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American Merchant Marine Museum History

American Merchant Marine Museum History

Almost since the creation of the U.S. Merchant Marine Academy, there has been some sort of museum on campus.  While wartime plans for a permanent museum were ultimately shelved in 1953, between 1946 and 1958 the old training ship Emory Rice was deemed a pier side “museum ship.”  While not much is known about this facility, we do know it served as an inspiration for Midshipman Charles Renick, who would graduate in 1947.  While the museum ship was scrapped in 1958 and its collections scattered around campus, the idea did not die.  Renick returned as an administrator on campus in 1961, and almost immediately began advocating for a distinct museum space.  The theft of the MacArthur “Surrender Sword” in 1973 from a midshipman lounge in the barracks underscored the need for a secure space to display the Academy’s treasures.


A permanent site for the Academy’s collection of art, ship models, and nautical artifacts was found in the late 1970s, after the Alumni Association donated the neighboring Barstow estate to the Academy.  Renick and other alumni successfully campaigned for a Museum to be located on its ground floor, with storage in the basement, while a sort of hotel for Academy visitors occupied the second and third floors.  The Museum officially opened its doors on May 20, 1979, under the care of the American Merchant Marine Museum, Inc., a non-profit entity empowered to exhibit, store, and even restore the Academy’s heritage assets, and apparently allowed to receive new items on its own authority.  It also engaged in a vigorous fund-raising campaign from the Barstow building, and on occasion MARAD would provide proceeds from scrapping ships, as it did in 1992 to the amount of $334,000.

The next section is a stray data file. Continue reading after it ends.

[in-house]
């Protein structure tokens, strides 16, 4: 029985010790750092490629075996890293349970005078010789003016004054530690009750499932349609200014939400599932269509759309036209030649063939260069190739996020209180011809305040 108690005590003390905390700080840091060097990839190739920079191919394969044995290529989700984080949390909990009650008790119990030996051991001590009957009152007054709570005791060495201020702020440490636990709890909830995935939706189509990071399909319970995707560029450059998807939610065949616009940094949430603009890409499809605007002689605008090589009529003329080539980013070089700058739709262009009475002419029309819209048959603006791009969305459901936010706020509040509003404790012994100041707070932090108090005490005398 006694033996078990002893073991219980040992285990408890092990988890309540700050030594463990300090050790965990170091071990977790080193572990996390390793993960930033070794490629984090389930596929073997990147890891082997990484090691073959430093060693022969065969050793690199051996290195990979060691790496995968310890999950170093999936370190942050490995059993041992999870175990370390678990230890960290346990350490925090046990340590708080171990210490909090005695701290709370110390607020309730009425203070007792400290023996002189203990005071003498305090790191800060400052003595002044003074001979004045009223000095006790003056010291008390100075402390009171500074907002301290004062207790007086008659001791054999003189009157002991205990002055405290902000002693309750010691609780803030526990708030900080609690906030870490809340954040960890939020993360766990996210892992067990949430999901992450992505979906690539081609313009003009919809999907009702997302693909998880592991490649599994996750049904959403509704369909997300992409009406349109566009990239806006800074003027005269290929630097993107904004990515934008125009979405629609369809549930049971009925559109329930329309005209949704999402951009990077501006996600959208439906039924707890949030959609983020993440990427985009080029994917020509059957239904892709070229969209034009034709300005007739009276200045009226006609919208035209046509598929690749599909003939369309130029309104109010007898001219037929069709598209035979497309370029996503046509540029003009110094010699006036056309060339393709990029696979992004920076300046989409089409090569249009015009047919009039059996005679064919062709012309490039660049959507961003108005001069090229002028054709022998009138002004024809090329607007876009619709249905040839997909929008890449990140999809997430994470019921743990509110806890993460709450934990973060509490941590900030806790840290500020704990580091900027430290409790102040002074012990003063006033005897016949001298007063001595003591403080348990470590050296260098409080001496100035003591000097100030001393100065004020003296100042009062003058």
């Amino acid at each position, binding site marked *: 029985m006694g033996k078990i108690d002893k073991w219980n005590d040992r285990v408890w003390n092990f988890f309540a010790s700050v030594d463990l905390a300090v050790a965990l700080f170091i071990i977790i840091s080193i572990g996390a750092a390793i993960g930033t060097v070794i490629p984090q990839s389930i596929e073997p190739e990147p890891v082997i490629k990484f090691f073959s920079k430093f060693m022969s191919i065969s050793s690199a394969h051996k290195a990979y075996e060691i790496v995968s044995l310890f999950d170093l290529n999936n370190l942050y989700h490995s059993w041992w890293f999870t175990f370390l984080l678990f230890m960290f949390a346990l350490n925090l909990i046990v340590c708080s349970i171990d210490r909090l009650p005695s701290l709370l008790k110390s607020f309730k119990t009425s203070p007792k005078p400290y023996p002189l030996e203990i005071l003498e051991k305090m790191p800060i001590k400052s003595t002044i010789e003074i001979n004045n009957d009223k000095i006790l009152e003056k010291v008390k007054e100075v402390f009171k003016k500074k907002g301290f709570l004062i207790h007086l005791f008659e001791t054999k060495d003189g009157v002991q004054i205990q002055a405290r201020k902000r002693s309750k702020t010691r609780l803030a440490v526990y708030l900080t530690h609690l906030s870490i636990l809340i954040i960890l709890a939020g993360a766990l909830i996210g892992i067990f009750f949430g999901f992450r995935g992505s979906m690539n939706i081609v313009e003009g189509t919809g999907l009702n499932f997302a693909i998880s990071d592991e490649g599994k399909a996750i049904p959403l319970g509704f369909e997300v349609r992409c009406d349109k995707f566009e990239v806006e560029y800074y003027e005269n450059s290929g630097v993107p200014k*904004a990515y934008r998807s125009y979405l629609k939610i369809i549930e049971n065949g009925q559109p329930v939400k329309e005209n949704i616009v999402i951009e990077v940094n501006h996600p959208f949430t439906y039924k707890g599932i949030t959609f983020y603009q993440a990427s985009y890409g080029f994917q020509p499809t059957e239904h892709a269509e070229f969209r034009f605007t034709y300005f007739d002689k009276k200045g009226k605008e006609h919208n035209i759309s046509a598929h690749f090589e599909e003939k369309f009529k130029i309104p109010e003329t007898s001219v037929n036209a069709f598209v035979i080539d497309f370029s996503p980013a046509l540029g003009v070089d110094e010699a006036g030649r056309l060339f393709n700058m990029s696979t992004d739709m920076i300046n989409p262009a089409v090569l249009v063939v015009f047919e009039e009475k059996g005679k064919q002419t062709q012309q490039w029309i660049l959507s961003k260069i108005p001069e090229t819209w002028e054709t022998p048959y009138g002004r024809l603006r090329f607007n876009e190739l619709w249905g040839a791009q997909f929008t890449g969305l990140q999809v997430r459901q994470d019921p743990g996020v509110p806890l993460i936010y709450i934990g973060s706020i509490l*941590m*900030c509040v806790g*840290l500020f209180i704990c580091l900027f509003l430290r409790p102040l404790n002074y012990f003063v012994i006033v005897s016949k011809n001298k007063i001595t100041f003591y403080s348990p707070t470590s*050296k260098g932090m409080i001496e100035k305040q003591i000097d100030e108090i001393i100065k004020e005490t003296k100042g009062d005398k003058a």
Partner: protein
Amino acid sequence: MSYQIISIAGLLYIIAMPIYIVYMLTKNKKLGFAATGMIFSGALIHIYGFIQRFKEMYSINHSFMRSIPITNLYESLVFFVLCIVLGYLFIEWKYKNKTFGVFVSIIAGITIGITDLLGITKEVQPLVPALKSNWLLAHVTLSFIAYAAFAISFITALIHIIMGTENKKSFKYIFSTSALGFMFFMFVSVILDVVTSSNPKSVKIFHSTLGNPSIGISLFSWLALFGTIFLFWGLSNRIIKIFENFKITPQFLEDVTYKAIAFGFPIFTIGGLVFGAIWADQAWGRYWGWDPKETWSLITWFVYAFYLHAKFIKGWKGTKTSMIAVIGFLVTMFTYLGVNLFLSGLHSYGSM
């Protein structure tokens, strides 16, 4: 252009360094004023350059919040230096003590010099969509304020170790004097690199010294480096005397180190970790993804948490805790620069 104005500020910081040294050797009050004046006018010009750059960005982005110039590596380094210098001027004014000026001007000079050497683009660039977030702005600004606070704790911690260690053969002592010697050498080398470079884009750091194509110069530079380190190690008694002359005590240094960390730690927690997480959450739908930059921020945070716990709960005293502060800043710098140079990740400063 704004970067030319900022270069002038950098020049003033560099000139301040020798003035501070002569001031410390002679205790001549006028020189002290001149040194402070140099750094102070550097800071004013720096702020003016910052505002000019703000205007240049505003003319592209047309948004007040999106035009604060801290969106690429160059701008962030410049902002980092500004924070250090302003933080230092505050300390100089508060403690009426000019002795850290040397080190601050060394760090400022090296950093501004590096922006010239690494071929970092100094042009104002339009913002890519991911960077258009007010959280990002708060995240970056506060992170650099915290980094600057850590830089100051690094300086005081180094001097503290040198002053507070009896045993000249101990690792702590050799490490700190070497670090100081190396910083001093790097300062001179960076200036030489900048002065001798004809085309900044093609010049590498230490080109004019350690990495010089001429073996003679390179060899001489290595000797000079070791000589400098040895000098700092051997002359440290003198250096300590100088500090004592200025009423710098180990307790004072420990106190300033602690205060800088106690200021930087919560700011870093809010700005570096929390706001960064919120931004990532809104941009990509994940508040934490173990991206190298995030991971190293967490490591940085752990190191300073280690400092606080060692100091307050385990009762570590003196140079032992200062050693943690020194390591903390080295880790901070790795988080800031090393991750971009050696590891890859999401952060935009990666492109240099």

Since March 1, 2009, the Museum has been operated under federal control with federal employees augmented by volunteers and contractors.  MARAD’s Federal Preservation Officer has supported a number of initiatives to bring it into compliance with federal requirements, as has its staff.  Resources have been found to install a new boiler, overhaul dated bathrooms, and even to provide a new roof.  New exhibits find new audiences, and have even brought notice in the on-line edition of New Yorker magazine. The facility is used almost daily for midshipmen classes.  In fact, midshipmen participation has been a key element in the continued success of the Museum since 2009, and has provided much of the labor necessary to clean and organize spaces.


 

In sum, the Museum’s history is nearly as old as that of the United States Merchant Marine Academy.  Thanks to the vision of alumni like Captain Renick, knowledgeable staff like Frank Braynard, and loyal volunteers, the American Merchant Marine Museum has become a dynamic and valued part of King’s Point since its establishment in 1979.

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